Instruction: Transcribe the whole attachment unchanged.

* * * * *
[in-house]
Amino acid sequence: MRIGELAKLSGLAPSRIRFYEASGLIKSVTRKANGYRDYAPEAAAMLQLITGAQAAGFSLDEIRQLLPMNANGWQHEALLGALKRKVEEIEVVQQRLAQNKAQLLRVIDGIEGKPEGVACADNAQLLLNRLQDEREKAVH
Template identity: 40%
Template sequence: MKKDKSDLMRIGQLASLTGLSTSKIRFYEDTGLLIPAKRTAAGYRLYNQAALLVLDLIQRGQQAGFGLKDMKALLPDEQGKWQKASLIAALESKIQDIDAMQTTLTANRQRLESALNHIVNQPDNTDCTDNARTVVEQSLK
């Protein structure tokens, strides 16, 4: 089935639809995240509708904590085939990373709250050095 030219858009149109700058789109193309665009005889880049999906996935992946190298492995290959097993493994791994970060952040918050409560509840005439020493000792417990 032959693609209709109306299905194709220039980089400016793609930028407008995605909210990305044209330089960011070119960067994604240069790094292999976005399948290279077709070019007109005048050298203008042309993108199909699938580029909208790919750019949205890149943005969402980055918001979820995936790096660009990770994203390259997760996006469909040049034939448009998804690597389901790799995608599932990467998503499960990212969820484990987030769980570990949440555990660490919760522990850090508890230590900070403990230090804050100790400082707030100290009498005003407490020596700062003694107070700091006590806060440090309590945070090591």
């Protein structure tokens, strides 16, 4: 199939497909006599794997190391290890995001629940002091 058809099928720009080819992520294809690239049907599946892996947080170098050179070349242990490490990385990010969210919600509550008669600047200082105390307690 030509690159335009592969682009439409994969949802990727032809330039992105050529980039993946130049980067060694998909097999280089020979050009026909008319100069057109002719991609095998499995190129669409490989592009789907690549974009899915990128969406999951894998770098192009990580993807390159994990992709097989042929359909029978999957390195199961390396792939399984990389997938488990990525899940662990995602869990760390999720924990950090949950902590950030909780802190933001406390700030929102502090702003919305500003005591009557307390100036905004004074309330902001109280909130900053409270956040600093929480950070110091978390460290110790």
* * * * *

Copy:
[in-house]
Amino acid sequence: MRIGELAKLSGLAPSRIRFYEASGLIKSVTRKANGYRDYAPEAAAMLQLITGAQAAGFSLDEIRQLLPMNANGWQHEALLGALKRKVEEIEVVQQRLAQNKAQLLRVIDGIEGKPEGVACADNAQLLLNRLQDEREKAVH
Template identity: 40%
Template sequence: MKKDKSDLMRIGQLASLTGLSTSKIRFYEDTGLLIPAKRTAAGYRLYNQAALLVLDLIQRGQQAGFGLKDMKALLPDEQGKWQKASLIAALESKIQDIDAMQTTLTANRQRLESALNHIVNQPDNTDCTDNARTVVEQSLK
């Protein structure tokens, strides 16, 4: 089935639809995240509708904590085939990373709250050095 030219858009149109700058789109193309665009005889880049999906996935992946190298492995290959097993493994791994970060952040918050409560509840005439020493000792417990 032959693609209709109306299905194709220039980089400016793609930028407008995605909210990305044209330089960011070119960067994604240069790094292999976005399948290279077709070019007109005048050298203008042309993108199909699938580029909208790919750019949205890149943005969402980055918001979820995936790096660009990770994203390259997760996006469909040049034939448009998804690597389901790799995608599932990467998503499960990212969820484990987030769980570990949440555990660490919760522990850090508890230590900070403990230090804050100790400082707030100290009498005003407490020596700062003694107070700091006590806060440090309590945070090591």
């Protein structure tokens, strides 16, 4: 199939497909006599794997190391290890995001629940002091 058809099928720009080819992520294809690239049907599946892996947080170098050179070349242990490490990385990010969210919600509550008669600047200082105390307690 030509690159335009592969682009439409994969949802990727032809330039992105050529980039993946130049980067060694998909097999280089020979050009026909008319100069057109002719991609095998499995190129669409490989592009789907690549974009899915990128969406999951894998770098192009990580993807390159994990992709097989042929359909029978999957390195199961390396792939399984990389997938488990990525899940662990995602869990760390999720924990950090949950902590950030909780802190933001406390700030929102502090702003919305500003005591009557307390100036905004004074309330902001109280909130900053409270956040600093929480950070110091978390460290110790």